December 1, 2014
Protecting The Integrity Of Scientific Data
By Michael D. Shaw
Those of a certain age will recall the 1953 Watson & Crick paper describing the double helix structure of DNA, and the 1962 Nobel prize, also awarded to Maurice Wilkins for the discovery. While all sorts of dramatic medical breakthroughs were predicted in the wake of the newly-understood molecular structure, the biggest boon—by far—has been in the field of forensic science.
The first case to be solved by DNA profiling involved two rape/homicides, occurring in 1983 and 1986 in Leicestershire, England. The perp was nailed, following a mass screening of nearly 5,000 men in the area. Moreover, the DNA evidence linked the two crimes, and exonerated an innocent man, initially suspected of the second offense. The January, 1988 conviction of local baker Colin Pitchfork established a new era in forensics, and is rightfully celebrated.
Generally overlooked in this matter, however, is the notion of specimen tracking and chain of custody. Indeed, Pitchfork was able to avoid giving a sample in the initial screening by having a friend—Ian Kelly—provide a specimen, posing as Pitchfork. It was only by chance that this subterfuge was discovered. A woman heard Kelly boasting of his nefarious deed, and informed police.
Otherwise, the wonderful tool of DNA profiling would have gone for naught, because of poor specimen security and documentation. How could Kelly so easily have posed as Pitchfork?
But high-profile crimes are by no means the only situations that call for impeccable specimen security and chain of custody. Consider the $50 billion-plus US business sector of diagnostic and medical laboratories. In instructions to its professional clients, industry leader Quest Diagnostics expends nearly 3000 words on the subject of specimen handling. Bear in mind that such protocols refer to merely the initial stages of work with these specimens. One can only imagine what internal controls Quest imposes on itself.
A burgeoning portion of the diagnostics business is the segment called Direct-To-Consumer (DTC) diagnostic testing. About a year ago, the FDA brought the hammer down on certain genotype-based DTC companies, but there is far more to this field than personal genome testing. There are currently dozens of smartphone apps that interact with physiological sensors. Some of these upload the data to a server—operated by a diagnostics company—which then interprets the data, and reports back to the user.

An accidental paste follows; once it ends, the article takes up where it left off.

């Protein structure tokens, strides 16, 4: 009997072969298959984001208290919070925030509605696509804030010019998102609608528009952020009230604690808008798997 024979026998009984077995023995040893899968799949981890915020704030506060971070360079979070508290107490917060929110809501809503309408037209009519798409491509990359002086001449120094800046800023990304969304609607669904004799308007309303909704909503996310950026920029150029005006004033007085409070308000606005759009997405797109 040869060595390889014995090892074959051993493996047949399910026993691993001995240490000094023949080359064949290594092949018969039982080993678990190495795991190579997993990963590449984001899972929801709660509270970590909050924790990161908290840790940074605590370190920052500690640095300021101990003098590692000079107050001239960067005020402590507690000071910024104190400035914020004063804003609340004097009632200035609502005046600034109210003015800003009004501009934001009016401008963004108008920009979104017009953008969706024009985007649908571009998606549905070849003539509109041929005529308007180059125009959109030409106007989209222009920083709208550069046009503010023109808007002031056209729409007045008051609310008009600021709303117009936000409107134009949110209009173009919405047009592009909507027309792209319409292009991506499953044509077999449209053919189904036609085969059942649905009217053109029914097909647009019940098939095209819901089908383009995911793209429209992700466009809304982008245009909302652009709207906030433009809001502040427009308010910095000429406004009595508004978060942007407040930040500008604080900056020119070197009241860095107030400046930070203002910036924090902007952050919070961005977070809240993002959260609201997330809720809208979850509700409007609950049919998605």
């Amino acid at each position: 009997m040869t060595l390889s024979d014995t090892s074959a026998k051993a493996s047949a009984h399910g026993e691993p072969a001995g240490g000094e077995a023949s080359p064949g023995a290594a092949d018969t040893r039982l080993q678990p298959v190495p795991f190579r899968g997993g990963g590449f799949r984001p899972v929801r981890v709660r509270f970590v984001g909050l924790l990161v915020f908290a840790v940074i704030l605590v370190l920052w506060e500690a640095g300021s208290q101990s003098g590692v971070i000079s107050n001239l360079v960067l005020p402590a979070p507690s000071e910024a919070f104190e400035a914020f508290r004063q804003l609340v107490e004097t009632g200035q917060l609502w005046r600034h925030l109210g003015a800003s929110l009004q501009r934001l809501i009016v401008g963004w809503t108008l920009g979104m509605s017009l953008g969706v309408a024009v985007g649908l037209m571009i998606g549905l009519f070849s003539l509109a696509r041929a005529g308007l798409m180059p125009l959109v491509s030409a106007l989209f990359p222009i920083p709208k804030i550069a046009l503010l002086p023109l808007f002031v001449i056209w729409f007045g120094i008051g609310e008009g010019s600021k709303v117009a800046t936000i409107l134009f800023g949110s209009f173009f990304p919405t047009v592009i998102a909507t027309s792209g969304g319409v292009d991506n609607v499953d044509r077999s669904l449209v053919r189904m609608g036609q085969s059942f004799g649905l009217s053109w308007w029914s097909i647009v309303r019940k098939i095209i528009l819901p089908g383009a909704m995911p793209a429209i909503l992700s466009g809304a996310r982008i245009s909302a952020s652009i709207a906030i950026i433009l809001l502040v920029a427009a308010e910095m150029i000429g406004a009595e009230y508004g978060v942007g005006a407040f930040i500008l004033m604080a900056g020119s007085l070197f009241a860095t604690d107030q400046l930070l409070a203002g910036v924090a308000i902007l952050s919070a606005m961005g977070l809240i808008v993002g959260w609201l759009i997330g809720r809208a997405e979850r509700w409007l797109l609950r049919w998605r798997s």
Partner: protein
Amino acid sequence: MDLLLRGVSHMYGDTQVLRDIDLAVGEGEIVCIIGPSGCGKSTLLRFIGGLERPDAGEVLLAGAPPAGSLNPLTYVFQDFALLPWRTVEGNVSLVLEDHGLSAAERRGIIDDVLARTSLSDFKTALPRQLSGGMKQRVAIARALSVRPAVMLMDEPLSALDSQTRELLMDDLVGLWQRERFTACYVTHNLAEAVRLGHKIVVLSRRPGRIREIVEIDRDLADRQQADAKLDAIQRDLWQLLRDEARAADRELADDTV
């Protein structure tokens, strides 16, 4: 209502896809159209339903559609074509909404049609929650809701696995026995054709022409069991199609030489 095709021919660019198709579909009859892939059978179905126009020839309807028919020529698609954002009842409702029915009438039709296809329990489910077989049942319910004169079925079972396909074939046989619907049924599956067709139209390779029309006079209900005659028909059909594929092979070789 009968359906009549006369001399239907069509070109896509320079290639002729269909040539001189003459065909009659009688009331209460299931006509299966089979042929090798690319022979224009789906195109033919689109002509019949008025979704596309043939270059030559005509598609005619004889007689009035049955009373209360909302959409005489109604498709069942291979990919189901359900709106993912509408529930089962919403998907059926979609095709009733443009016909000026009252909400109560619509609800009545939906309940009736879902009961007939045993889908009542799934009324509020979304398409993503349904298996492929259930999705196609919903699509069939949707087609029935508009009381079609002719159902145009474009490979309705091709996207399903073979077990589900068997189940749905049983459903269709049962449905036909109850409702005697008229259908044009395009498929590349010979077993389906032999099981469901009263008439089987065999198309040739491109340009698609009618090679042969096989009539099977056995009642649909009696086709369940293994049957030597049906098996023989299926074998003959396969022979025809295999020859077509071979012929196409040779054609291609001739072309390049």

In other cases, such as Cologuard®—a noninvasive colon cancer screening test based on DNA science—a sample is collected by the patient in the privacy of his home, and is shipped to the lab. Results are then communicated to the patient, via his prescribing physician.
Whether interaction with the diagnostic lab is via a physical sample or its digital fingerprint, specimen security and chain of custody are vital. Which brings us to sampleminded®, a professional services entity that was organized in February 2008. The company offers low-cost, highly-configurable tools to manage specimen tracking and chain of custody for multi-study, multi-site clinical trials.
Recently, I was briefed on some of the benefits of their software…
- It encourages rapid deployment of new studies.
- Its intuitive user interface allows newbies to get onboard quickly.
- It is easily modified to integrate new specimen-tracking requirements stipulated by protocol amendments.
- It proactively informs a clinical research nurse of the expected numbers and types of specimens to be obtained from a subject at each study visit, as well as specimen handling and shipping procedures.
According to Daniel Steenblik, Vice President of Technology and Operations…
“We empower researchers and clinicians to streamline key responsibilities like specimen tracking and chain of custody for a multitude of sample types. The applications we provide are also easy to use and maintain, allowing doctors and scientists to focus on more urgent matters, like developing the next generation of therapies or diagnostic tests that have the potential to save lives and reduce medical costs.”
“By way of example, working with Exact Sciences, sampleminded played an important role in the launch of Cologuard®, an at-home, noninvasive colon cancer screening test. Our goal is to do the same for other pioneering researchers.”
Put more generically, as Big Data becomes ever bigger, its proper organization becomes ever more essential.